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The event was very rewarding and I believe the general public also felt that they had a great experience. The first day on the Saturday I was a little nervous, however as people began asking questions and showed genuine interest I really enjoyed myself, and Sunday I had “rehearsed” the talks. The range of different ages of general public members was large and certainly more interesting. What did work very well was the How brains work stand, with the rat/mouse/snail brains and neurone pipe cleaners, the children were simply enthralled and fascinated by these real life organs, and the younger children were delighted to have something soft and colourful to make and then take home. The adults, to my surprise, asked quite a lot of questions with regards to the symptoms and diagnosis of dementia on this table, which I had prepared for with the excellent notes provided on the Alzheimer’s society website.

The How Science works stall with the chromatography and gel electrophoresis was a bit hit, with the widest range of ages all participating on both activities. We had so many people at one point that we ran out of chromatography paper! We got the children to try a fusion of different patterns and colours from the chromatography which they loved, and the creating of a role play scientist really got them engaging with us and participating in the pipetting of the food colouring in the wells. The thought of dressing up as a scientist for many was the most fun out of the activities on the table, and parents enjoyed taking photographs of them.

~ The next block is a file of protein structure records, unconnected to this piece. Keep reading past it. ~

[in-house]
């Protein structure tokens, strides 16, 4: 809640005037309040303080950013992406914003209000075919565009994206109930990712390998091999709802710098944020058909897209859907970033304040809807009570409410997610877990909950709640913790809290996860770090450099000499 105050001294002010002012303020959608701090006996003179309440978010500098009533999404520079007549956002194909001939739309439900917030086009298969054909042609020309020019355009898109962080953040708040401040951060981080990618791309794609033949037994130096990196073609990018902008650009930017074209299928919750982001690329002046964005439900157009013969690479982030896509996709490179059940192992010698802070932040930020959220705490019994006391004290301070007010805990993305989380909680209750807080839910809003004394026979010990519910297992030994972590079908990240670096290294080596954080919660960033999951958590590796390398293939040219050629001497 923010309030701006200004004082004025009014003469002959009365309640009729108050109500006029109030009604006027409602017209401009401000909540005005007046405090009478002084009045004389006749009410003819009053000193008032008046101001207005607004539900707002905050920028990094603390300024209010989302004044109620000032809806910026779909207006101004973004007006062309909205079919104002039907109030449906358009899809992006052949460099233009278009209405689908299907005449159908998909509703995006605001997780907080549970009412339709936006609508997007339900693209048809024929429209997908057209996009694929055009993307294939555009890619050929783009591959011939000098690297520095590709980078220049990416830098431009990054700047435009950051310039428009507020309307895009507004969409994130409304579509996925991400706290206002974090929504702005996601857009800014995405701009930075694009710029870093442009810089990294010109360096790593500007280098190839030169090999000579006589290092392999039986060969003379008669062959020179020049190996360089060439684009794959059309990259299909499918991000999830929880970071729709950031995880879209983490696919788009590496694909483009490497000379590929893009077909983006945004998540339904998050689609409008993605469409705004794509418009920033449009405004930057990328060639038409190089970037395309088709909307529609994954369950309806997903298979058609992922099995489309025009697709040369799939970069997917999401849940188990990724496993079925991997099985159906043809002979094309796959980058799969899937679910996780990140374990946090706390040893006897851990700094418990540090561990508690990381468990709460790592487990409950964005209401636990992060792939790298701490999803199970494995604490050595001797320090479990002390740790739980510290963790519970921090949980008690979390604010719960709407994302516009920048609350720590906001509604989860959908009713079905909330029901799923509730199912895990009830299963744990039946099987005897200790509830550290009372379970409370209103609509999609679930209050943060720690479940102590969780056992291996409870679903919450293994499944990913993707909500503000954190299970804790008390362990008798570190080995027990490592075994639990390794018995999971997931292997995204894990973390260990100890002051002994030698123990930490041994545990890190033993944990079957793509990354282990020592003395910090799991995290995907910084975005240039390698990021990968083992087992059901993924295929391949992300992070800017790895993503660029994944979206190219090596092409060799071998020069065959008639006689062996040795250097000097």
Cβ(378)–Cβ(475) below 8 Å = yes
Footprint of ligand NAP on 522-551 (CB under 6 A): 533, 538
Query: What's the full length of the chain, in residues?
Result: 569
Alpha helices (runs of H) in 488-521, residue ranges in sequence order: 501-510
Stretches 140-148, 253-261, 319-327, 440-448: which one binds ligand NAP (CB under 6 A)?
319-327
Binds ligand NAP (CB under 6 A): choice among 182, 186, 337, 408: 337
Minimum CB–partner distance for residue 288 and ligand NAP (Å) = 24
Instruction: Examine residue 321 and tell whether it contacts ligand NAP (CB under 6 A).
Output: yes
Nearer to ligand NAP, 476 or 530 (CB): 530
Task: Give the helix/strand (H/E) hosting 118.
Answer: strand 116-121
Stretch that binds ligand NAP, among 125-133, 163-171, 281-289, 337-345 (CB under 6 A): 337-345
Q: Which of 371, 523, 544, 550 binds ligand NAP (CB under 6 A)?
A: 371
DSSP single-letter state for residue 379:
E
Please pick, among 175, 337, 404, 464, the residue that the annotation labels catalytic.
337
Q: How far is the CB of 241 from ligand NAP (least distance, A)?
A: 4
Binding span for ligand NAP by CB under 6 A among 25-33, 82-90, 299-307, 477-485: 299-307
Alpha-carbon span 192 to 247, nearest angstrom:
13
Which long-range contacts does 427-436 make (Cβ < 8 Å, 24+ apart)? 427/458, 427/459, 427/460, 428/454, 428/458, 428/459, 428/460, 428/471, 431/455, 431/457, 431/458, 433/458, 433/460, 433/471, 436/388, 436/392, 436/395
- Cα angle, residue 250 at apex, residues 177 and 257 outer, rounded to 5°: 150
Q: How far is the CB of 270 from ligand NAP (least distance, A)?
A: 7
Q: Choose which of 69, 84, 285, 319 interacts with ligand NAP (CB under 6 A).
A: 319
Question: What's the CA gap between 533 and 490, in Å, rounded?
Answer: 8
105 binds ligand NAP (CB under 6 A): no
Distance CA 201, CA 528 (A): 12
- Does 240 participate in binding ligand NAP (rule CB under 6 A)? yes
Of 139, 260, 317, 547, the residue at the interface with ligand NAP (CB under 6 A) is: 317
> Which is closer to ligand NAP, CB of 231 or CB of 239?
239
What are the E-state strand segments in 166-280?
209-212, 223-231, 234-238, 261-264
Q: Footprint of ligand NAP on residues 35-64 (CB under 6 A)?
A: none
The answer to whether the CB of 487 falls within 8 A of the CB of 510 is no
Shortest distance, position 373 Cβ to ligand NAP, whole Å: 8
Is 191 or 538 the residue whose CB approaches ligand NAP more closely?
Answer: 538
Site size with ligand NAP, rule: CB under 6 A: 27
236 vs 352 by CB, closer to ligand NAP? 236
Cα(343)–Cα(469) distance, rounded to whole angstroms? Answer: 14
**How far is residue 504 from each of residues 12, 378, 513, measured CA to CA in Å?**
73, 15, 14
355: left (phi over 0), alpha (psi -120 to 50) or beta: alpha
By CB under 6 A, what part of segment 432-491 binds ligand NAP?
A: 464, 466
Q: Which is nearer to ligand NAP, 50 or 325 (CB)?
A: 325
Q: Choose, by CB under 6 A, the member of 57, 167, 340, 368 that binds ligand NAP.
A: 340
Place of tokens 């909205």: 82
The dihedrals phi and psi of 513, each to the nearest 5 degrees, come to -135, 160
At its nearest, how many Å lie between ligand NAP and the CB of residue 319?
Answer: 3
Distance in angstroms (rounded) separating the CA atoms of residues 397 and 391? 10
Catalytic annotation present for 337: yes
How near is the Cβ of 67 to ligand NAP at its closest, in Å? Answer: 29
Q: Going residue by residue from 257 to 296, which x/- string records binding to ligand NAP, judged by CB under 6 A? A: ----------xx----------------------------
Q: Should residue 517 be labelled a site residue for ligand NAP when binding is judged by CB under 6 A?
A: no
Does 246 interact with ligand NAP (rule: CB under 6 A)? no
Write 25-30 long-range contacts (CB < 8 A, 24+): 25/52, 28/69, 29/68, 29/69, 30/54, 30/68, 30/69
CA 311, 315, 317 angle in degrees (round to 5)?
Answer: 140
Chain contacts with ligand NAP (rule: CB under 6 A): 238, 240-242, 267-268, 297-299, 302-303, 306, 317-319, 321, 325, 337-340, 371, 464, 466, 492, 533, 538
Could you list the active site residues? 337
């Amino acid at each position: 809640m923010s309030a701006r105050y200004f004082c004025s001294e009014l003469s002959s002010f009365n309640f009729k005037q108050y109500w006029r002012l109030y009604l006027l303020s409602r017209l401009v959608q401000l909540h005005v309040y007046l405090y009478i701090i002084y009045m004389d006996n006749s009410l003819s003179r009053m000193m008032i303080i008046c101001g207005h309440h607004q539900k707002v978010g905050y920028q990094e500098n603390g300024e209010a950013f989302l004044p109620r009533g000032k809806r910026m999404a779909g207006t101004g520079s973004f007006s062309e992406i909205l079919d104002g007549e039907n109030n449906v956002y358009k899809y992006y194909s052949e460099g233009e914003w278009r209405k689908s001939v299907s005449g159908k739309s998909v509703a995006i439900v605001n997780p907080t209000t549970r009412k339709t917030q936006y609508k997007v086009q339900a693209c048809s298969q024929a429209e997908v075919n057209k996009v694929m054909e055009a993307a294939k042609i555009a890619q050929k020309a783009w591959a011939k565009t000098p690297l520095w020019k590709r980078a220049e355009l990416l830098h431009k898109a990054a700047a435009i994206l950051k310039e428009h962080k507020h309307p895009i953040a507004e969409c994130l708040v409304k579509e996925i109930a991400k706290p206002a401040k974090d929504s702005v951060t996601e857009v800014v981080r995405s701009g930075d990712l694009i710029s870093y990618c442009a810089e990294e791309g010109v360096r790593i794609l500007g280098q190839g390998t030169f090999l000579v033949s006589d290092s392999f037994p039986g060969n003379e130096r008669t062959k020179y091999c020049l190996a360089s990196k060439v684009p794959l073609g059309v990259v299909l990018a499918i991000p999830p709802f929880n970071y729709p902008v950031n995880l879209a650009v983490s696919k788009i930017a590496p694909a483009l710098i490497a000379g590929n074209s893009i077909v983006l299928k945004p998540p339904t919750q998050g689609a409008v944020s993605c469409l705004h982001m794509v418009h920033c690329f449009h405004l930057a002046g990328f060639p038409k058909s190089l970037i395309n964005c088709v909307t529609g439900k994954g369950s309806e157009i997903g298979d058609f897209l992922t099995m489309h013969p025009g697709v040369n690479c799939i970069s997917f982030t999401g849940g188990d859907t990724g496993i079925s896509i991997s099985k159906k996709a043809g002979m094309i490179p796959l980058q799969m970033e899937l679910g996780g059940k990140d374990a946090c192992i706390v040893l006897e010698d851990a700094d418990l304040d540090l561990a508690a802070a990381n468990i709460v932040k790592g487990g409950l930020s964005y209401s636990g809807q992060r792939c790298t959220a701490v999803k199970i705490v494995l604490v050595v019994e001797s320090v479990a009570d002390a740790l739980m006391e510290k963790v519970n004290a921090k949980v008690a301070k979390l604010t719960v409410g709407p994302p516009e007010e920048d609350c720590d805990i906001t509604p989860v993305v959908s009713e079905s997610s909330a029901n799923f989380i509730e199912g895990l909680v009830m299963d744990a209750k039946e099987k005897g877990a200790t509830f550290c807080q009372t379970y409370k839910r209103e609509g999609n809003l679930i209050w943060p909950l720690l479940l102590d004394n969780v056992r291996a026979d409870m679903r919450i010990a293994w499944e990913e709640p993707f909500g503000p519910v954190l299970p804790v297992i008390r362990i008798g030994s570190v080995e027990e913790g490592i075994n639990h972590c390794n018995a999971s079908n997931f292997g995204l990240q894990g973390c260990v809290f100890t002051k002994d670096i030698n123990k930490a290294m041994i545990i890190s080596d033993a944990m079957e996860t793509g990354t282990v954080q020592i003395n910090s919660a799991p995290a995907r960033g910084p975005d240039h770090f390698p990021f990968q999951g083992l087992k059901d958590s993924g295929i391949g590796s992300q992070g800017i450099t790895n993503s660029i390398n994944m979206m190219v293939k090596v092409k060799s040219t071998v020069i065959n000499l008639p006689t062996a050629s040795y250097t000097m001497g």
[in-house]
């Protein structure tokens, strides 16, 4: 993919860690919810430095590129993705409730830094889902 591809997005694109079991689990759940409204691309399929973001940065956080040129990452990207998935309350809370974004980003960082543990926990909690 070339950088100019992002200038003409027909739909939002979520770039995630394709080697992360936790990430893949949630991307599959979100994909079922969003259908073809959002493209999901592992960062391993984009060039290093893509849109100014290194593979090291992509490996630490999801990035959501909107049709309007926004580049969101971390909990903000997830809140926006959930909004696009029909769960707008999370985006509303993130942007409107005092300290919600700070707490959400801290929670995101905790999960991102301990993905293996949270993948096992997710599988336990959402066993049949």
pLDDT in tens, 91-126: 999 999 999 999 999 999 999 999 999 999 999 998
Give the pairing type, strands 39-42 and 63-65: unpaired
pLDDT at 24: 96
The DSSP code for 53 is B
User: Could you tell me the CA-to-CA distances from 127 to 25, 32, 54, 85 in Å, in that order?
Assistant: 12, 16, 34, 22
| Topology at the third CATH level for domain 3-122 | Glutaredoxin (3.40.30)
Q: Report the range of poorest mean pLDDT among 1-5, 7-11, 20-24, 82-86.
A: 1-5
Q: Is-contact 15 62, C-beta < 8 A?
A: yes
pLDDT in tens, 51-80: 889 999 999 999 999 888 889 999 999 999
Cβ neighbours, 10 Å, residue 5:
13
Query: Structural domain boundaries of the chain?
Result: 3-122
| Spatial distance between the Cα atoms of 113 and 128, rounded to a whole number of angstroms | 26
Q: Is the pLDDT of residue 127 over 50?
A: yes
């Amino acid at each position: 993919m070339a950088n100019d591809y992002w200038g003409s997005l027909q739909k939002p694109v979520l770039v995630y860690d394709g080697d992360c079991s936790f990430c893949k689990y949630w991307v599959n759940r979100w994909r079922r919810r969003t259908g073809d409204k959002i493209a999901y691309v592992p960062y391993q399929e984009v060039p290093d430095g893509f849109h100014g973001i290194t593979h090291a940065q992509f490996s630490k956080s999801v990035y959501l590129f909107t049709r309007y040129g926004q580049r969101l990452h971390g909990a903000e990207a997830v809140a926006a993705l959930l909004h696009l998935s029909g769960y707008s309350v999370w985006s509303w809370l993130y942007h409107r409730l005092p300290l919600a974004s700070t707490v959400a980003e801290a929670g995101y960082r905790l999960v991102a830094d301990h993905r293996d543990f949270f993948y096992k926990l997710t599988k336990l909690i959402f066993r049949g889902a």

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The multi-coloured chromatography designs were dried and stuck into their activity books to keep and show to their teachers; these booklets were most definitely popular and a good motive for the children to keep going around and get involved in all the activities. It was extremely rewarding to see the delight on their faces as they saw what they had created. When praising them for their work they were more willing to try out new activities and ask questions.

What didn’t work as well was the larger neurone which involved more children, it wasn’t as entertaining for them, and they felt slightly more embarrassed than doing the pipe neurones. I think in the future face painting would be a very good way to engage children and keep parents at the event for longer. BBC One show presenter Marty Jopson was also there with his children and wife, so that was a surprise! His children clearly had his love and passion for science, and were particularly good at the exercise bikes and blood pressure monitor testing.